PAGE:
“If it does go through, will very much mean the diminishment, if not the absolute ruin, of the natural values of the land,” said Jay Shukin, the president of the Association for the Protection of Rural Metchosin (APRM). “The 40 acres that they’re looking to subdivide is a wonderful natural area. It’s got mature forest, Gary Oaks, a pond big enough to go canoeing.”
The plan is to subdivide 40 acres of land that already has the proper zoning for development, enough to create eight sections of five-acre developments. The other 58 acres are zoned for agricultural use and are not included in their subdivision plans.
It’s a move Metchosin’s mayor is especially disappointed in.
“I felt betrayed. I’m still angry about it,” said Metchosin Mayor John Ranns, who first heard about the subdivision application back in October.
He says Metchosin Council has given the club more than $300,000 worth of tax breaks over the past decade, with the understanding that the land would remain intact to be used for the community.
“It’s entirely within their right to do this. So, that in itself isn’t a big deal,” said Ranns. “I think the big deal is the recognition that those types of properties available for those types of uses are so rare in this region that it’s not just a Metchosin concern, it should be a regional concern. It’s a beautiful piece of land.”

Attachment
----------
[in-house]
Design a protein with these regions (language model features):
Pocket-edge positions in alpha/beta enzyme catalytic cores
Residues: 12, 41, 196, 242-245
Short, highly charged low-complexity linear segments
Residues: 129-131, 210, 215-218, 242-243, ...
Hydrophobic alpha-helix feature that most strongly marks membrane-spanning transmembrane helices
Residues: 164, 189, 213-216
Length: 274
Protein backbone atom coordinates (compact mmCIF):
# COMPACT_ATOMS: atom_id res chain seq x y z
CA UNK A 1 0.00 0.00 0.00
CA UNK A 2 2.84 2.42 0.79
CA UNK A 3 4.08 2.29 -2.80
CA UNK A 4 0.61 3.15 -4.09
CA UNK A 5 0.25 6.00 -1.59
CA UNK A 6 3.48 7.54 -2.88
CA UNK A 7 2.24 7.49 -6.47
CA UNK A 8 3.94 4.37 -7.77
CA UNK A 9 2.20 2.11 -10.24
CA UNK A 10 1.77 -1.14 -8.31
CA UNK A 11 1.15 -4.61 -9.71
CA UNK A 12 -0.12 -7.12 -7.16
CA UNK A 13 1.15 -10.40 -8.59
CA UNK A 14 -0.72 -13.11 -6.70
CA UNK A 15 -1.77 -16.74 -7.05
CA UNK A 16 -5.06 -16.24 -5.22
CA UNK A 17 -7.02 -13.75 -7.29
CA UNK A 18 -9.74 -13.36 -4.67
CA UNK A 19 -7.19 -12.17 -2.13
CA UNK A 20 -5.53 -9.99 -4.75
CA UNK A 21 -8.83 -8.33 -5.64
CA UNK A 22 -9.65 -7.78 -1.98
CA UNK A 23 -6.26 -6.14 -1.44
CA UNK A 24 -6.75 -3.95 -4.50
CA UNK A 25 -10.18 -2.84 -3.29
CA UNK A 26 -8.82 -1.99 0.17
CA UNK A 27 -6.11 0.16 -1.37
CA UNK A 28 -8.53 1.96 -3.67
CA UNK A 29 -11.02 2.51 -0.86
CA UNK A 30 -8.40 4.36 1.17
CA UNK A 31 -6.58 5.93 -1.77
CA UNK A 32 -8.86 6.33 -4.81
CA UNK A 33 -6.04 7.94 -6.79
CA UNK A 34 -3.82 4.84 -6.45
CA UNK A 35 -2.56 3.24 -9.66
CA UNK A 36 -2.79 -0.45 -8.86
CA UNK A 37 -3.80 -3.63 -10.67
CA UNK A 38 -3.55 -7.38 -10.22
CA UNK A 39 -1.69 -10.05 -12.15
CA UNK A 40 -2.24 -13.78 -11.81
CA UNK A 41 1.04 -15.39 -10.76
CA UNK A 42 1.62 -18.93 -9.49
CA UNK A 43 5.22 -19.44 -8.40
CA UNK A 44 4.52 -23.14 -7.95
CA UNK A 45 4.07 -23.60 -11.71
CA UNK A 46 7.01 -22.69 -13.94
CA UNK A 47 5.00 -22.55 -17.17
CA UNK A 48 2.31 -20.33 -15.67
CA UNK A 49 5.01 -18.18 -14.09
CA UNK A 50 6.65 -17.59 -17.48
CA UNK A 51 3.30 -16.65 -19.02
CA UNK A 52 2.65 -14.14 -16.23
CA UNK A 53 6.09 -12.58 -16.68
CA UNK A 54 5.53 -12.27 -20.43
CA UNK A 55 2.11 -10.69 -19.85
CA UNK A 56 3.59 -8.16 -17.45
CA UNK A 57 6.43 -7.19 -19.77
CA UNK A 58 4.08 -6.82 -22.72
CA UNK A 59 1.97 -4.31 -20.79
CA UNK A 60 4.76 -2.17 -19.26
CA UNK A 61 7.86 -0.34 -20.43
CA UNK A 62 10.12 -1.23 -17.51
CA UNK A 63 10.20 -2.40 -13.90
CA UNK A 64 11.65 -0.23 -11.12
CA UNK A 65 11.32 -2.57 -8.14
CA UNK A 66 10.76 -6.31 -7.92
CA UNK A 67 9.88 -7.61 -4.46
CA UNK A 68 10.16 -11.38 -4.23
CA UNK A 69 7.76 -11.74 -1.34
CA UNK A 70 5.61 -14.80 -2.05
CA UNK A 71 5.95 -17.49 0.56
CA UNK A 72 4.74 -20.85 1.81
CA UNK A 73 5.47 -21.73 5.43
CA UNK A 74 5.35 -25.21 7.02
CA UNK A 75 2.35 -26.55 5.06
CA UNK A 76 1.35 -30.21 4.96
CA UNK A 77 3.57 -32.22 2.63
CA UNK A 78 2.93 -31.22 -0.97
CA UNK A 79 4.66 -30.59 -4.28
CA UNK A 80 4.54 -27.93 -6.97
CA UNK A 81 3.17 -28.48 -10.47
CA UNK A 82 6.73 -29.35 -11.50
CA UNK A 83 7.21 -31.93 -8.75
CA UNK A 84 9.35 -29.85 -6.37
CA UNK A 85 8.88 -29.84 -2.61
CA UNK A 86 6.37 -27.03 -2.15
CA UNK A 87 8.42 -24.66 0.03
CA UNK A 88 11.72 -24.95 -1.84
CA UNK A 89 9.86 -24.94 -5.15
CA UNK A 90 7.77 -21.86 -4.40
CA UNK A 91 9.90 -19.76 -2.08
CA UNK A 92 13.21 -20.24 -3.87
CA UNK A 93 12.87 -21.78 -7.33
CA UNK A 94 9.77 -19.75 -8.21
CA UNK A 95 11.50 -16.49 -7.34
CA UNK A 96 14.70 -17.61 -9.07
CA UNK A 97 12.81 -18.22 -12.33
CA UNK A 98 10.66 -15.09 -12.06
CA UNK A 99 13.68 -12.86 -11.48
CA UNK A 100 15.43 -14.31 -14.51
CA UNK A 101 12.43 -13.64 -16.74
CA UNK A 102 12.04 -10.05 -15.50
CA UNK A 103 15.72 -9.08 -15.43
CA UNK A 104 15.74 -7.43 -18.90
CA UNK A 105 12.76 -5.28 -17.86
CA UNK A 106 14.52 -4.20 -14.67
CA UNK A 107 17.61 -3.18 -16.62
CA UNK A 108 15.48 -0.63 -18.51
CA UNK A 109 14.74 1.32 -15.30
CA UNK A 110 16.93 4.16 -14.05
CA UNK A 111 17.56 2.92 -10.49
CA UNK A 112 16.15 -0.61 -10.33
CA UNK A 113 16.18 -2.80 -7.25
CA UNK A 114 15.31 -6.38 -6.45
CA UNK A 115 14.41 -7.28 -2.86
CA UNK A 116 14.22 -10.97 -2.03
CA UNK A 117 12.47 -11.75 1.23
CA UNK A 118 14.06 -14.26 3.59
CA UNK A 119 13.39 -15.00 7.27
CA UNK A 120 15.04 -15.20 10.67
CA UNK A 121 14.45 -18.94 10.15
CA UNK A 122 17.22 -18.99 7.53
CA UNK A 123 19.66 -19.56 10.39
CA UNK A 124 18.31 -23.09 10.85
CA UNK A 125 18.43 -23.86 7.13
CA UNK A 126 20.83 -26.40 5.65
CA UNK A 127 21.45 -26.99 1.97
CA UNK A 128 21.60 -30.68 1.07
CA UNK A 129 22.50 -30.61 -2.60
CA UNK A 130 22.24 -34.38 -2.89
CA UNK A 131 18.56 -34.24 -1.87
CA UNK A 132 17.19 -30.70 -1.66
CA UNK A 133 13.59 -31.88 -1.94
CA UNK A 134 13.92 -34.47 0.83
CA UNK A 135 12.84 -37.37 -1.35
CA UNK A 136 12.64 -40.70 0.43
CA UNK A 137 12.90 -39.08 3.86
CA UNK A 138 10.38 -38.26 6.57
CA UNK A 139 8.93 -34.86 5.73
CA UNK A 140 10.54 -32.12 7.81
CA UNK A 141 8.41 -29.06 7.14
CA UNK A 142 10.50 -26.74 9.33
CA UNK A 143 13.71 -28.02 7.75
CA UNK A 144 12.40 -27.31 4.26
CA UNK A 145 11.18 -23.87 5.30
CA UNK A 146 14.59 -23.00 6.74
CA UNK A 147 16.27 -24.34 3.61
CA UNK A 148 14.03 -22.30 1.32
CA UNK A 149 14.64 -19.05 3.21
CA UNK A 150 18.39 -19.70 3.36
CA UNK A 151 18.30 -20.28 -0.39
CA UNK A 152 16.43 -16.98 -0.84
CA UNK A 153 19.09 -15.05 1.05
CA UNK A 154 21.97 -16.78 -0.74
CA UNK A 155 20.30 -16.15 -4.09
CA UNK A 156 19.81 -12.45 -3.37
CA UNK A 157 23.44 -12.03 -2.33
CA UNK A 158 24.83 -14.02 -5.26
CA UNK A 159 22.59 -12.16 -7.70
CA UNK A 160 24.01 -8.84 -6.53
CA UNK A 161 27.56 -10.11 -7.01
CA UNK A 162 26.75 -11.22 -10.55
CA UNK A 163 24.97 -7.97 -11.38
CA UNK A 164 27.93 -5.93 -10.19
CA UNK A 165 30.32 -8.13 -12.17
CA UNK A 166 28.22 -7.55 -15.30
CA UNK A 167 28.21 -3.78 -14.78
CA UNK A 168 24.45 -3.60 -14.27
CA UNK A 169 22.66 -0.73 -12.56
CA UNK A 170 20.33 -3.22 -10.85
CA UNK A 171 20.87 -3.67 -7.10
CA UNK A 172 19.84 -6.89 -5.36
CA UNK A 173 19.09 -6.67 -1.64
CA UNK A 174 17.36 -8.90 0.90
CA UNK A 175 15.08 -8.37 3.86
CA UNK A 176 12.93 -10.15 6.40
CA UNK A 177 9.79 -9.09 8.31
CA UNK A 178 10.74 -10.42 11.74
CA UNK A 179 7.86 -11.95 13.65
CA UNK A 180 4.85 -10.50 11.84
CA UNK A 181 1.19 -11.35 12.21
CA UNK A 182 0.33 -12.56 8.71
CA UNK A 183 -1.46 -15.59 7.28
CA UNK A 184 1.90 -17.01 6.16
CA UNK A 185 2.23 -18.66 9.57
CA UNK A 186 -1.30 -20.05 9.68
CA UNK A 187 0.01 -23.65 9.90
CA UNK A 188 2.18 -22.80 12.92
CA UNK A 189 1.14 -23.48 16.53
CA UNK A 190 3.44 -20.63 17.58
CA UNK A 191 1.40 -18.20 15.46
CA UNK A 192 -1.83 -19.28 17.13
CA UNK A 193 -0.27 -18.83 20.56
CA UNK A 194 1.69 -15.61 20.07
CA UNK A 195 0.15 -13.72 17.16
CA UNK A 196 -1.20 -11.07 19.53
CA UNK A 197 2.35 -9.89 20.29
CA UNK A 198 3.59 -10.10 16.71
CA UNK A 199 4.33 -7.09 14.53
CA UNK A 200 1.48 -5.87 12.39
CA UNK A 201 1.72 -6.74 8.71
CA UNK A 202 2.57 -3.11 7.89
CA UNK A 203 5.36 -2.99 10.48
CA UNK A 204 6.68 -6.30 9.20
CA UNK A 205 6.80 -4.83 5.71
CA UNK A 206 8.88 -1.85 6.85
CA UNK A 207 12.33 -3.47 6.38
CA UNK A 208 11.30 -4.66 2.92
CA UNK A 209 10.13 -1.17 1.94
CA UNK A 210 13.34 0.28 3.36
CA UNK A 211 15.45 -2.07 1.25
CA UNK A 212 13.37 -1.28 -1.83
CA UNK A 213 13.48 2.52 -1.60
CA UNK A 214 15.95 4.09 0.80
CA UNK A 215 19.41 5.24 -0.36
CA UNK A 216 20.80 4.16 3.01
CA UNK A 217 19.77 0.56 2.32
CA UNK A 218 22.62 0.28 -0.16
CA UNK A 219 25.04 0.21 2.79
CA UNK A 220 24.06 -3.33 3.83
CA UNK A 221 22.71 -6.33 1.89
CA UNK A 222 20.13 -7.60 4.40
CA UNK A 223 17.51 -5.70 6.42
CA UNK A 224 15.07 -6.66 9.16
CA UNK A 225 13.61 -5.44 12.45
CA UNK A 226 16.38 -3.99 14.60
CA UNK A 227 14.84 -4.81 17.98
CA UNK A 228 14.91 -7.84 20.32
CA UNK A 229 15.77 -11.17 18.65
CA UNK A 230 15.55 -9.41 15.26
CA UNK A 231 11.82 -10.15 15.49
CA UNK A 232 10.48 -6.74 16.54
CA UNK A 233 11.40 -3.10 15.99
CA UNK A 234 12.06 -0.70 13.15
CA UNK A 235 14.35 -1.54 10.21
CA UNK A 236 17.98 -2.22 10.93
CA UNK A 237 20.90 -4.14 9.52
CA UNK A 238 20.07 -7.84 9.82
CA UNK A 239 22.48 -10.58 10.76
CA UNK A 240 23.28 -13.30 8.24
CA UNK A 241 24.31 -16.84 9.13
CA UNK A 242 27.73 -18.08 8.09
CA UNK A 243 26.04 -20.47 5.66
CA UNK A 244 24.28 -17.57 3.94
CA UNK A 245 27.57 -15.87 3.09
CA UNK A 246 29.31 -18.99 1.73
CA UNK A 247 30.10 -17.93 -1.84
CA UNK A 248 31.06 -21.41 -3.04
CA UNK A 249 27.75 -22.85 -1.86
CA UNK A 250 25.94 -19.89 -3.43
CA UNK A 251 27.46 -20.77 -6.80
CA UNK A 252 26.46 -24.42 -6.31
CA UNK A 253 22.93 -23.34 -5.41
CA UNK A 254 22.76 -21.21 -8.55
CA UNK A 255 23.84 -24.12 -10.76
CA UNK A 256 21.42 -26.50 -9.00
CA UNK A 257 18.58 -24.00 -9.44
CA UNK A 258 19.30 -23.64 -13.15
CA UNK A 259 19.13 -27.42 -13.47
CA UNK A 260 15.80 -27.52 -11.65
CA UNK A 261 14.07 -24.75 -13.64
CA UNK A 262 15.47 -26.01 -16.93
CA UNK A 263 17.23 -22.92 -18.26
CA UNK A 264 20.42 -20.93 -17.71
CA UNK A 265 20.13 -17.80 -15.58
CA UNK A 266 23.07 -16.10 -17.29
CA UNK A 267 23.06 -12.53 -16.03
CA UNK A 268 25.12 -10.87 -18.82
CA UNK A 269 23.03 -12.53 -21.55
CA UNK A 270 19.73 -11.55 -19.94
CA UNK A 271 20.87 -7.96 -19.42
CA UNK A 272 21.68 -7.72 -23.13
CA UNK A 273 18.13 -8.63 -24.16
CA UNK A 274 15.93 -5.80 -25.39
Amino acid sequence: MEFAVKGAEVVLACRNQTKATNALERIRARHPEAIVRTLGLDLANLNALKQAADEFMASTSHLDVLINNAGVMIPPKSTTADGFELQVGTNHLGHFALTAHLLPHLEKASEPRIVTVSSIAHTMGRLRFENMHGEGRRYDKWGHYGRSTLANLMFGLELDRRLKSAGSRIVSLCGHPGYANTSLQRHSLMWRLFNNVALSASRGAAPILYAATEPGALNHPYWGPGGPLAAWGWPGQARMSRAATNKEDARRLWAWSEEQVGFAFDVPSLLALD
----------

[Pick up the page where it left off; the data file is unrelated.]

He says the club is normally very open about their plans, and this was a blindsiding blow. Ranns says the Boys and Girls Club had already applied for the subdivision approval when they applied for the tax exemption from the District in 2020 — something he didn’t know.
“When we first started working with them, we were assured that they needed that property in its entirety to undertake the mandate that they had. So now, all of the sudden, without any consultation with us whatsoever we received this subdivision inquiry, and quite frankly I feel quite betrayed by this,” said the Mayor, who now wonders if the organization will properly be able to continue its program with so much of its prized land gone.
After the APRM looked into the club’s finances from the past year, Shukin isn’t sure why the organization decided to subdivide.
“We had a look at their financial statements from last year, they seem to finish with a surplus. They’ve been receiving large grants from provincial governments upwards of $3 million just to the Boys and Girls Clubs of Victoria. So it’s a mystery to us as to why they want to subdivide,” said the Metchosin resident.
Shukin says the community was not informed or consulted about the decision and would like the chance to speak with the club.
“We want to know why they’re doing this, and how the application serves their mission of serving family and youth in the Greater Victoria area,” said Shukin.